Bad ExampleSubject: Meeting
Good ExampleSubject: Reminder of 10am Meeting Sched. 10/05 on PASS Process.
Identify yourself clearly
Keep it brief
I never make it through a long email. I find myself scanning, and I miss important details. You’re not writing a book or a love letter, you’re sharing information. Share the information and move on. If you write more than two or three paragraphs, a face-to-face meeting or conference call might be better.
Include a succinct subject
Long subject lines are as bad as no subject at all. Pinpoint a few keywords that convey the email’s purpose
Check your spelling and grammar
Your email client has tools for checking your spelling and grammar so use them. Many people are sensitive to misspelled words and poor grammar. They see it as a lack of concern. If you don’t care, why should they?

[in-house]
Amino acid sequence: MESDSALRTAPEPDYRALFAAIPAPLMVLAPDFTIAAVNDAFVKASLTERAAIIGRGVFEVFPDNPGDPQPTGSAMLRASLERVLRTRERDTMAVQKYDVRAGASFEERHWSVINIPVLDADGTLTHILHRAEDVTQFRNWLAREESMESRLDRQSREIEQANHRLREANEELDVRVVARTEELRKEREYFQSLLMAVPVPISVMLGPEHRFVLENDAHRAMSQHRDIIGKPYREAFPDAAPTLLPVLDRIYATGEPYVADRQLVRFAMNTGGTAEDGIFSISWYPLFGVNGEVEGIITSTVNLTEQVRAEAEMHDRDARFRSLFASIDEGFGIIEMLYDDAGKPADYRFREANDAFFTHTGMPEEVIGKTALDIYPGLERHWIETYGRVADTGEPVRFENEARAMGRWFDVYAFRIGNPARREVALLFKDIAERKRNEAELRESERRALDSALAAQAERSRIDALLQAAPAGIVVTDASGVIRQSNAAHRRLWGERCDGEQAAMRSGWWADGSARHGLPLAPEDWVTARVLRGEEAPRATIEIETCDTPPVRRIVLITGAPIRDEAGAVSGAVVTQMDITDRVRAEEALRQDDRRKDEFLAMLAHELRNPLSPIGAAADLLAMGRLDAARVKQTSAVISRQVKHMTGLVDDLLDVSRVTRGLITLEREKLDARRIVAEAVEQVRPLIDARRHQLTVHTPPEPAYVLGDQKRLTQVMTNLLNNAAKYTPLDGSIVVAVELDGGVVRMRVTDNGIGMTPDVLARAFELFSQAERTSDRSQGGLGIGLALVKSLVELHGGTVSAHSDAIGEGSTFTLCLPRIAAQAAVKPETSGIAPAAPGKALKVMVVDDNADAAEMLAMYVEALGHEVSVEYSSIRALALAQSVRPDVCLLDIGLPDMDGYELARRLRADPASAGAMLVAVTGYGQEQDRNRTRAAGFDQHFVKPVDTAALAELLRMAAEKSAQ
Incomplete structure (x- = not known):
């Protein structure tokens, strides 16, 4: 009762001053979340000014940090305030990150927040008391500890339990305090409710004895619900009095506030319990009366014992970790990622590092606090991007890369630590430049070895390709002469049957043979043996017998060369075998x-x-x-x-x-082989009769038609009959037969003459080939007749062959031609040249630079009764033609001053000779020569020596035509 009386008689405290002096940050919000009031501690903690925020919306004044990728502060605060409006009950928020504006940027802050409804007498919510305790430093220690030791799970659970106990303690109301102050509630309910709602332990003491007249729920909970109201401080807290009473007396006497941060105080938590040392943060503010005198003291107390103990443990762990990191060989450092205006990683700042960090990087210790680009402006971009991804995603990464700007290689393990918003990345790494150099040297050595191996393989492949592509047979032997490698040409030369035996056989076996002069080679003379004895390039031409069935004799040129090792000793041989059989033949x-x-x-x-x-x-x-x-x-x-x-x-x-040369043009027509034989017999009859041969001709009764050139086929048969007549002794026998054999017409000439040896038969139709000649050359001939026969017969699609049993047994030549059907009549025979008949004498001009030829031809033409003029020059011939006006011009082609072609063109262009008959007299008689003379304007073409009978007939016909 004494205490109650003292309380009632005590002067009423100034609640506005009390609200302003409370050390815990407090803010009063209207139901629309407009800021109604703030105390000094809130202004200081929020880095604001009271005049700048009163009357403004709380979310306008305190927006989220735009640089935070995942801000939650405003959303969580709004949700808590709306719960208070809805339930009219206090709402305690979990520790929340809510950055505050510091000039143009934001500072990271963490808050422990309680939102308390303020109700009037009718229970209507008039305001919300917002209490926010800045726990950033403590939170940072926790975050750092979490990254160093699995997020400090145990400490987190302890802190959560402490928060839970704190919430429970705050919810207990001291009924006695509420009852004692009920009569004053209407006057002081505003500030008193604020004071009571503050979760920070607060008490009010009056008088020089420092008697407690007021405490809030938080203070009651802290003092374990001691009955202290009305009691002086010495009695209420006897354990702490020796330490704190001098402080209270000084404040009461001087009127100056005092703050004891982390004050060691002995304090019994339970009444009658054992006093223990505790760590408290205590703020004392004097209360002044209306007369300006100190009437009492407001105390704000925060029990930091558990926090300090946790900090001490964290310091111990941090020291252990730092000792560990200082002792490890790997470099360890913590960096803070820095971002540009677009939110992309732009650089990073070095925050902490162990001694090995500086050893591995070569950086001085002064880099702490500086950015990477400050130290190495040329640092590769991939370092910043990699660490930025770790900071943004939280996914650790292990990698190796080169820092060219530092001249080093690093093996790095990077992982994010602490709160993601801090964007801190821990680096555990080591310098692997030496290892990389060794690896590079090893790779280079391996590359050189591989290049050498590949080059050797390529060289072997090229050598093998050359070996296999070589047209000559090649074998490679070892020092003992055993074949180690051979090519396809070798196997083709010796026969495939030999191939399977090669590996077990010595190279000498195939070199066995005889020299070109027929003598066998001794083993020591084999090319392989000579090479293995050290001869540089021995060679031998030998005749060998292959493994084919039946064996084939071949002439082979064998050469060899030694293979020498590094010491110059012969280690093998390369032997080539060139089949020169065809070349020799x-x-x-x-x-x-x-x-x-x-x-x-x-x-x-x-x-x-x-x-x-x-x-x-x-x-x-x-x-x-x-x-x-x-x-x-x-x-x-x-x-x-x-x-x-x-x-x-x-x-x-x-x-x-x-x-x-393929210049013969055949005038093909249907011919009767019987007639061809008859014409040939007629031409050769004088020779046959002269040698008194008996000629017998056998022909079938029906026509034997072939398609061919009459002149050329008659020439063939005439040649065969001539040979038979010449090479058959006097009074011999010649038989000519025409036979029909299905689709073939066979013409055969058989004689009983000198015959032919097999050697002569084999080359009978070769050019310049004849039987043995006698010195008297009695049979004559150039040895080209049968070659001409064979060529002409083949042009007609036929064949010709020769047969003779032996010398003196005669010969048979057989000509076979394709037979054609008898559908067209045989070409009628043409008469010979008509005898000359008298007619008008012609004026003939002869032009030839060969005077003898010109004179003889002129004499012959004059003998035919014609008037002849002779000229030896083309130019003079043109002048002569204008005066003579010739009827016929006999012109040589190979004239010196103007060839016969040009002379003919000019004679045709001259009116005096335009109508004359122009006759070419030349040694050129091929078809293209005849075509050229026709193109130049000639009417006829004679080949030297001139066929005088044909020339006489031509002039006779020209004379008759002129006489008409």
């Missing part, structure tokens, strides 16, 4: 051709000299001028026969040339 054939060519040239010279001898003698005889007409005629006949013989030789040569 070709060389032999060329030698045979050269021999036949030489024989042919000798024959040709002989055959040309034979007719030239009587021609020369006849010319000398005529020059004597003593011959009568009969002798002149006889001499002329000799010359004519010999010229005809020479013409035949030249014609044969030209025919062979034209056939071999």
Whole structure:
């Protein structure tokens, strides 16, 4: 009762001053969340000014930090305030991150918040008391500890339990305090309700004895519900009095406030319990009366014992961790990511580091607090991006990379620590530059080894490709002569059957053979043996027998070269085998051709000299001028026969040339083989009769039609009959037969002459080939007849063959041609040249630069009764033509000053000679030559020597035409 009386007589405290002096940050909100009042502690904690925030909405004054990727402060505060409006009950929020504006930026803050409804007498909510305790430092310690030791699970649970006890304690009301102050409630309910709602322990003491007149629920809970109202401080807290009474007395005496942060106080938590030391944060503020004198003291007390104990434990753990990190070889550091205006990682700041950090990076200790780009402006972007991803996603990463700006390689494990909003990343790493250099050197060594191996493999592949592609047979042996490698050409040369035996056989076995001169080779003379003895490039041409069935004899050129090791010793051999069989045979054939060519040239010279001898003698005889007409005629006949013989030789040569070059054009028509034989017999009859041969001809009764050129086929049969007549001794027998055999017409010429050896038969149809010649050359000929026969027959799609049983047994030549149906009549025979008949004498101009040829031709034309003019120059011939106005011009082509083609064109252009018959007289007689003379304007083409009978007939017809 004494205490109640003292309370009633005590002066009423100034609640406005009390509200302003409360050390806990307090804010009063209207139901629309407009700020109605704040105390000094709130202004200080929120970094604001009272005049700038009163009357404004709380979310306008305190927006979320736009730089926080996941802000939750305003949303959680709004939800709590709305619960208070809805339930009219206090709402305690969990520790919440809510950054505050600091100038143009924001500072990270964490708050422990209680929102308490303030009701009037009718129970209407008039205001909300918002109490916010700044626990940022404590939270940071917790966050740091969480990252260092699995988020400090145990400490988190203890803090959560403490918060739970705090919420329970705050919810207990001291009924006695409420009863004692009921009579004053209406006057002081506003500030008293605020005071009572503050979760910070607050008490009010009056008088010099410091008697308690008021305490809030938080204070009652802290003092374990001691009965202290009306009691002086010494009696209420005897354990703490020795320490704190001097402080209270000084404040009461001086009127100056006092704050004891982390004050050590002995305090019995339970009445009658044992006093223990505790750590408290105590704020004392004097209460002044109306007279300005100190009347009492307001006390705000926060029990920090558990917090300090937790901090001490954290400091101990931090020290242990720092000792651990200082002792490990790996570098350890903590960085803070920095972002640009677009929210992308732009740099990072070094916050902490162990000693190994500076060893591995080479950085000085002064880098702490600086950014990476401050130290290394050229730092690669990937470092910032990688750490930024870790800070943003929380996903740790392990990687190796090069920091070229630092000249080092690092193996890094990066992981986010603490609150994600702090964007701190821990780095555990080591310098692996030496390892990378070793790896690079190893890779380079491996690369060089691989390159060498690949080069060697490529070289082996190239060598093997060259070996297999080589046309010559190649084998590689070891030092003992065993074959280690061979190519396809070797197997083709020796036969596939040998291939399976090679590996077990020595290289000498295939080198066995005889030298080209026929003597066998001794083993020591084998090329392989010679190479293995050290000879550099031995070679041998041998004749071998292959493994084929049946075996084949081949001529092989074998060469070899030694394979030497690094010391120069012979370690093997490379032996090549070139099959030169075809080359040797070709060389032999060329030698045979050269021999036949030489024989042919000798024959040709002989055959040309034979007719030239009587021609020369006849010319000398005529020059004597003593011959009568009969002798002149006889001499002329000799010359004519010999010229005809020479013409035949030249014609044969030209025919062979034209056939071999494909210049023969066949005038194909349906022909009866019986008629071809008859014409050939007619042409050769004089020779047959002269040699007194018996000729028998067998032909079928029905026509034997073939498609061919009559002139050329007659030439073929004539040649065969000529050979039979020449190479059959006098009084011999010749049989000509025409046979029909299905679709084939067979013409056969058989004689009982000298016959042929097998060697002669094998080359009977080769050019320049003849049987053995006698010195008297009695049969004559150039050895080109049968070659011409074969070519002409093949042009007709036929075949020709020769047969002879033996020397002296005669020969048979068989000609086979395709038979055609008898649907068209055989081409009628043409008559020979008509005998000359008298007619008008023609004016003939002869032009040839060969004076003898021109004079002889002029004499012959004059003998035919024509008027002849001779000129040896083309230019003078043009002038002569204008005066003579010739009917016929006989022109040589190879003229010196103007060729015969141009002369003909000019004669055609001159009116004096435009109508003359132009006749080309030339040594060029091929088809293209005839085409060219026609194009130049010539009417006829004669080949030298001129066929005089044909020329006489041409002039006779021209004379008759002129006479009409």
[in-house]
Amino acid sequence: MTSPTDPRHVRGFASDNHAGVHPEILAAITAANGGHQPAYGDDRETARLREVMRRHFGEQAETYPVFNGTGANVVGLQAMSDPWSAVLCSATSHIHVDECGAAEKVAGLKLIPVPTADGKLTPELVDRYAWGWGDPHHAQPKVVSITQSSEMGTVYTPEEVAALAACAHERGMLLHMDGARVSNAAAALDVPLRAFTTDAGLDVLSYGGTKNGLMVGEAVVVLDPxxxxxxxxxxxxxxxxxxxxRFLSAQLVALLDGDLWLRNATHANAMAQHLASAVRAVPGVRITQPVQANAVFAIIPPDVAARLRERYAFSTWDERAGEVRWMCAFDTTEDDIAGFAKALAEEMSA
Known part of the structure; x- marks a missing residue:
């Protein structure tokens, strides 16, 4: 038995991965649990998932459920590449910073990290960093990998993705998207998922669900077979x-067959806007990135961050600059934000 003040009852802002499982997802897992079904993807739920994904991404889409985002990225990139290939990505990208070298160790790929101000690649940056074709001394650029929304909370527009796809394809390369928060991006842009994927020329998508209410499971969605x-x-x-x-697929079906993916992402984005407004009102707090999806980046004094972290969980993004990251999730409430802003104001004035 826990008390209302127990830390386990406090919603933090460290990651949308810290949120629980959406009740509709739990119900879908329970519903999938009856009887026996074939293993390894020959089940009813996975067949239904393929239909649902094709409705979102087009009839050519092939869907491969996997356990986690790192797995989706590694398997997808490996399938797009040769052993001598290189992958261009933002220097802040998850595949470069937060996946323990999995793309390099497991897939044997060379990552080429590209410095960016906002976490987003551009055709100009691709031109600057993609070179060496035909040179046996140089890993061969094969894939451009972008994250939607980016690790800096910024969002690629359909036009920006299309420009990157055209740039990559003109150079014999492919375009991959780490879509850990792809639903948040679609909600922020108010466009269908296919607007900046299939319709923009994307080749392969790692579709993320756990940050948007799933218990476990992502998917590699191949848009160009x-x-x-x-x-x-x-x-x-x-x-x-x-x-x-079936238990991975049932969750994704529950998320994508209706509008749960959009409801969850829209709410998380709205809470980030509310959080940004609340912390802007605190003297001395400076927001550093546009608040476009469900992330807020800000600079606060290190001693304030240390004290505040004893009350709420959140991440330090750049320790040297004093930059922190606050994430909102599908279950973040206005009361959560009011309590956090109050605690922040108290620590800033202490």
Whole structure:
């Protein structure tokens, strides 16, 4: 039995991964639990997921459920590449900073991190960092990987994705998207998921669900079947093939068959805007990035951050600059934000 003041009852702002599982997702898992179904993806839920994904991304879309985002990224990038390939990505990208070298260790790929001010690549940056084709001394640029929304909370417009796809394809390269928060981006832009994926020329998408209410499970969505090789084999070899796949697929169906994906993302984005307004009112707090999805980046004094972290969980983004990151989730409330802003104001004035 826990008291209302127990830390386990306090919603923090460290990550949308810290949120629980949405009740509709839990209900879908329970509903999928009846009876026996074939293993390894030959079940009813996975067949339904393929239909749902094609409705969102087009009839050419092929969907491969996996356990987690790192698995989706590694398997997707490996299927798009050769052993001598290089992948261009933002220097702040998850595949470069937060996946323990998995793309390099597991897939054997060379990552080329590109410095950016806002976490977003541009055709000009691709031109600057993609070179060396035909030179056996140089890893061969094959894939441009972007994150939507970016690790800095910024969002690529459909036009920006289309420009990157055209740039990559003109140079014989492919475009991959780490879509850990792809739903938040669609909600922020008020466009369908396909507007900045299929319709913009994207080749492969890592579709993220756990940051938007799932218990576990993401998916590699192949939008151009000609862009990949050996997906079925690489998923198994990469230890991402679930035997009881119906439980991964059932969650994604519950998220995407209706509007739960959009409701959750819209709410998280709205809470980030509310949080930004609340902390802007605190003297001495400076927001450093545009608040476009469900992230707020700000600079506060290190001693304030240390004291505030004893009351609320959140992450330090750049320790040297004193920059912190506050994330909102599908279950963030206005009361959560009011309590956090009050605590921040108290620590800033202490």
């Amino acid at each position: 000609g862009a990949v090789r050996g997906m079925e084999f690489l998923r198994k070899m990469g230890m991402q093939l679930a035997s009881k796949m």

Don’t use emoticons and acronyms
Emoticons and acronyms are fine for personal email, but don’t use them in your professional correspondence.
Don’t use ALL CAPS
ALL CAPS is the email equivalent of angry shouting. You wouldn’t use ALL CAPS in a professional letter, so don’t use them in email.
Only copy those who absolutely need to be in the loop. Otherwise, colleagues will start ignoring your email.
Greet your recipients
Use a short greeting to acknowledge your reader; include their name if you can.
Include a closing
Let the reader know you’re done by including a complimentary closing and signature.
Retain the thread
When responding to an email, include previous messages and add your response to the top. That way, the recipient is privy to all the information that you already have